How olive oil production is generating extra benefits
An olive grower in Spain has adopted a new way of disposing of waste material which is benefitting the environment as well as generating valuable bi-products.
Processing olives to produce oil generates large volumes of waste – stones, skin and flesh – which farmers have traditionally burnt or simply left on nearby hillsides to gradually decompose.
But an innovative olive processor in Andalusia, determined to do something useful with the waste, has instead invested in a rotary pyrolysis unit that heats up the material to produce a synthetic gas and charcoal.
“It’s a much cleaner solution for the environment and one which we hope other olive processors will seriously consider adopting,” says James Douglas, technical director at Mitchell Dryers. “Andalusia is the world’s largest olive oil producer so if it takes hold there it could have a big environmental impact.”
The customer visited the Mitchell Dryers research and test centre in the UK to oversee trials of sample materials and to view the type of indirect-fired rotary calciner that was being proposed. “Virtually all of the machines we supply are bespoke but it’s still helpful for customers to see similar equipment,” says James.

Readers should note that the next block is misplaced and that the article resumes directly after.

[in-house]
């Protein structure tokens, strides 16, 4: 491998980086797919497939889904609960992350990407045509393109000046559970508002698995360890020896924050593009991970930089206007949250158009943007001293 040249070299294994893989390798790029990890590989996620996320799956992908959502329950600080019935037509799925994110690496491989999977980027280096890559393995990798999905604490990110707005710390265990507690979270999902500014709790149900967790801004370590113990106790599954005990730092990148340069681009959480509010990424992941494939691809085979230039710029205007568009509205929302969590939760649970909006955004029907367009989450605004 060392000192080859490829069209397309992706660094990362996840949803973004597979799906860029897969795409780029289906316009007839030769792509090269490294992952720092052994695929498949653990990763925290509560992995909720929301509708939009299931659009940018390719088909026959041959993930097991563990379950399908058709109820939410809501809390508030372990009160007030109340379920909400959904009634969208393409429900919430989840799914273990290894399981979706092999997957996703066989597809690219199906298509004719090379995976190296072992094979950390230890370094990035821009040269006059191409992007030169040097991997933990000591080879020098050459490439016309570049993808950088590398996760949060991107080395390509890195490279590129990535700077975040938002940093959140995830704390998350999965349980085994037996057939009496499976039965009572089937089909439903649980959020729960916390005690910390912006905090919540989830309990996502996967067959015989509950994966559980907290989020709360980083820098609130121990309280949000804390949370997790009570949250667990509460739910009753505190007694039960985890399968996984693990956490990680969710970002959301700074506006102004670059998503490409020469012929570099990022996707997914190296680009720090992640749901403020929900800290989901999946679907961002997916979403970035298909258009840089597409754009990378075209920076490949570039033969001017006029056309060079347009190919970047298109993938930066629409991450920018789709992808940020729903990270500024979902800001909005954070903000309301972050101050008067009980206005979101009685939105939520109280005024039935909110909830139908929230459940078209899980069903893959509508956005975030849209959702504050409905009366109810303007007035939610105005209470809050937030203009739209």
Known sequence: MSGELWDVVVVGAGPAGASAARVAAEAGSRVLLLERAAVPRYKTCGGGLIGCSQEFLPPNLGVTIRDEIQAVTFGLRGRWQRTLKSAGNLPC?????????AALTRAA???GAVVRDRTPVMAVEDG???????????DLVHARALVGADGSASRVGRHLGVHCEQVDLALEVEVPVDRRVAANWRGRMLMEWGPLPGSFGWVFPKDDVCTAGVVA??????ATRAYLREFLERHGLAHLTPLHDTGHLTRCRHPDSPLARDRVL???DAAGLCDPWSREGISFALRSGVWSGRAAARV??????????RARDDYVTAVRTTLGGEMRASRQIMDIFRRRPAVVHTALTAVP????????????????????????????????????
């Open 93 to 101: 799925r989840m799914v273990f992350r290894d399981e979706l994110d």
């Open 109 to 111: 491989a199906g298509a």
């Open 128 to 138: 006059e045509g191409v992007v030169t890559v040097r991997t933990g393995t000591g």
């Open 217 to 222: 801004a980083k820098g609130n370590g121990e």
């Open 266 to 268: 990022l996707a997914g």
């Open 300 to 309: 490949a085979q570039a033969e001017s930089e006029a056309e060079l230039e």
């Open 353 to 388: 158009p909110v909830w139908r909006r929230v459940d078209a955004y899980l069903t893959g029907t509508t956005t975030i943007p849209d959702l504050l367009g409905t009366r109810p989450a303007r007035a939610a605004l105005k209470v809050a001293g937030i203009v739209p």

The solution, which includes feed and discharge systems and a control system, has now been running successfully for three years.
“We’re now looking at installing the next system at another site, and we’re investigating a solution which would mean that the customer can use the synthetic gas they’re producing, rather than natural gas, as a fuel source.
“It’s an especially rewarding project because as well as making the process much more environmentally friendly, we’ve found ways to generate useful bi-products which have a monetary value for the customer too,” says James.